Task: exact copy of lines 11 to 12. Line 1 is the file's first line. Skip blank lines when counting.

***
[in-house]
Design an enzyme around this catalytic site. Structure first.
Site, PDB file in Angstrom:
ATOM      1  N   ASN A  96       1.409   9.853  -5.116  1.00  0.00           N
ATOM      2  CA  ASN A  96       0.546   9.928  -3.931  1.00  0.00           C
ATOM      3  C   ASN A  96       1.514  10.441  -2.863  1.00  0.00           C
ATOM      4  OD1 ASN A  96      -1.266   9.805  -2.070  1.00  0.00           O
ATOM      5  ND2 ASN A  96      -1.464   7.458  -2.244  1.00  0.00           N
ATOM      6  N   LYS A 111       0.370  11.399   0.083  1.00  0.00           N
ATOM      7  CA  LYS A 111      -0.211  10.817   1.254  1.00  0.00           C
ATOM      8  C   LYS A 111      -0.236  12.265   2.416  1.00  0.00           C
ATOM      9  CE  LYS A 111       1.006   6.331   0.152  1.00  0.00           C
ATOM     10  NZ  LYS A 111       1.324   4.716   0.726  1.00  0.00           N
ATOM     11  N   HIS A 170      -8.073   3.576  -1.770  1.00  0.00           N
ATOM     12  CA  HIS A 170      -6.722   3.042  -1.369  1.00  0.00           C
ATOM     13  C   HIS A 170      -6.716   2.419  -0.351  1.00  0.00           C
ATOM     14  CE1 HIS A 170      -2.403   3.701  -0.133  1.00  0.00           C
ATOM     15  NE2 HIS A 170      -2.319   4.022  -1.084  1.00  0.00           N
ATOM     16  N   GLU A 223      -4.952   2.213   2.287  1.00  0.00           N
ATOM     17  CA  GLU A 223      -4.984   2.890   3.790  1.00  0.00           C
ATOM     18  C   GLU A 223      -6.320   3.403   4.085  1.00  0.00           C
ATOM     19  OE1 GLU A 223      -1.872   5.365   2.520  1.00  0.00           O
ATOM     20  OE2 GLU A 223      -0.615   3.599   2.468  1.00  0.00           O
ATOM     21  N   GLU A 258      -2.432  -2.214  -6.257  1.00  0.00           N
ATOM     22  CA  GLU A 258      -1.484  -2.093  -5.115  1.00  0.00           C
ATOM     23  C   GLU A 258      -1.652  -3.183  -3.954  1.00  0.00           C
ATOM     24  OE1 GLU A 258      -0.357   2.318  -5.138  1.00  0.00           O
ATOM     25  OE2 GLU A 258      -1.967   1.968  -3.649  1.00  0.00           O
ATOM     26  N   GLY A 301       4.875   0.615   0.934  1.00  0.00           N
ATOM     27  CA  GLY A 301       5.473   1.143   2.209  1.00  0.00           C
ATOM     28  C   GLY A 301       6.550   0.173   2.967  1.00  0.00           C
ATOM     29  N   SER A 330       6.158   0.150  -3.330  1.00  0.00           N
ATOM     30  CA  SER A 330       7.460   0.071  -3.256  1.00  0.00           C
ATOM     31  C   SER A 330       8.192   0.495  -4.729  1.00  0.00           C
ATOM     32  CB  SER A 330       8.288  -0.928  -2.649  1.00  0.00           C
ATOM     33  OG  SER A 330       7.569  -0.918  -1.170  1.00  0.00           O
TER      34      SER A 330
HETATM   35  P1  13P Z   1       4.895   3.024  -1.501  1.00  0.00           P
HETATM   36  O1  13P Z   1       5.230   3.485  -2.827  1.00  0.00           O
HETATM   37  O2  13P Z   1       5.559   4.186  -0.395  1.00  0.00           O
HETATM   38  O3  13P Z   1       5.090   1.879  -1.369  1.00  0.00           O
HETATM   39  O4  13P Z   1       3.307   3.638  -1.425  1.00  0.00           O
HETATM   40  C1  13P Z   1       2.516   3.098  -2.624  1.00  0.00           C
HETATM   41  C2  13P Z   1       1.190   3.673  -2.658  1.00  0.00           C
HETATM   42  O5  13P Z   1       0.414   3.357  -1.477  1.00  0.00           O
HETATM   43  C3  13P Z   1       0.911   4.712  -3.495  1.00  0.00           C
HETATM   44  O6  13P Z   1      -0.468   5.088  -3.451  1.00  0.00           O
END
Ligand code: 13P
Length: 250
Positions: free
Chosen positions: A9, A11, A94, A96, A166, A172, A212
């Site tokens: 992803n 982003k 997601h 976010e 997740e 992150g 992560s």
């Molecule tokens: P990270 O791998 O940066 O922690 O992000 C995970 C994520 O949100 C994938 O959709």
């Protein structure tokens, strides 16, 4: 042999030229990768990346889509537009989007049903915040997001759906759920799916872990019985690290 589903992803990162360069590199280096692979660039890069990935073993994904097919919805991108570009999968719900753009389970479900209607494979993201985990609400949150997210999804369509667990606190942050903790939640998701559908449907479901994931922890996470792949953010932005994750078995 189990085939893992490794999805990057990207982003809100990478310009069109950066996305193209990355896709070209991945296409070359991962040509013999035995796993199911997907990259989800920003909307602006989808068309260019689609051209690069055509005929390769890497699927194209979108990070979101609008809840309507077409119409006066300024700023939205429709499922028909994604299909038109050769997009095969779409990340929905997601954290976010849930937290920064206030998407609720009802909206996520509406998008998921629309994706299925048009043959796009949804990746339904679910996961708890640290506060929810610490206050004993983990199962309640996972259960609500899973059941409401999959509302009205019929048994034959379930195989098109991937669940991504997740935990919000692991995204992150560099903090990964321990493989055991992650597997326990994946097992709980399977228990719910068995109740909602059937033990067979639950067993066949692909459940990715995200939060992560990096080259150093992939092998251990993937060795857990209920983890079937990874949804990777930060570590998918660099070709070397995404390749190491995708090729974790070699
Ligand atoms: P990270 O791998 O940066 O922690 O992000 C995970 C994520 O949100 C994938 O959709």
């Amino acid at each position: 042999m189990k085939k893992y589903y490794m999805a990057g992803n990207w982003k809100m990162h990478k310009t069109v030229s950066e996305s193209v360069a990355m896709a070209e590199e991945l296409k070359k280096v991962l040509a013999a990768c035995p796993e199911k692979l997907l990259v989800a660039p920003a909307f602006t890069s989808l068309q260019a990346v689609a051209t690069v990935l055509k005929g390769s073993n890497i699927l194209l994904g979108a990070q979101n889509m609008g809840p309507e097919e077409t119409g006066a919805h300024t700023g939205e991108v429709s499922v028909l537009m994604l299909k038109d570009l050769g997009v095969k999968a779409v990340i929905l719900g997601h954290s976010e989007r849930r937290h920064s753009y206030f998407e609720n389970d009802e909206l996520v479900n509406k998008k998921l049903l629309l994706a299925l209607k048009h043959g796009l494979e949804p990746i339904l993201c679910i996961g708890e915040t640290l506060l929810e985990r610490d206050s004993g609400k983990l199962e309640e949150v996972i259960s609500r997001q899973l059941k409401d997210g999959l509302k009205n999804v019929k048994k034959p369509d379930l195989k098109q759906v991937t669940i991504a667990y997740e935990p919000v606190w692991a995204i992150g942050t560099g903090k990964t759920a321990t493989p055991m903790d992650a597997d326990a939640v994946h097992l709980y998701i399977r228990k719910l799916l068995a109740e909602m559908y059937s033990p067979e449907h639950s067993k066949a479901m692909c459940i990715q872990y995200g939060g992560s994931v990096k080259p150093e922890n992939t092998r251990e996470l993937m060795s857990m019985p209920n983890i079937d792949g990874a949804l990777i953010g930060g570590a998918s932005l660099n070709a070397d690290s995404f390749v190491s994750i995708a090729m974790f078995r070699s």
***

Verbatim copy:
ATOM      8  C   LYS A 111      -0.236  12.265   2.416  1.00  0.00           C
ATOM      9  CE  LYS A 111       1.006   6.331   0.152  1.00  0.00           C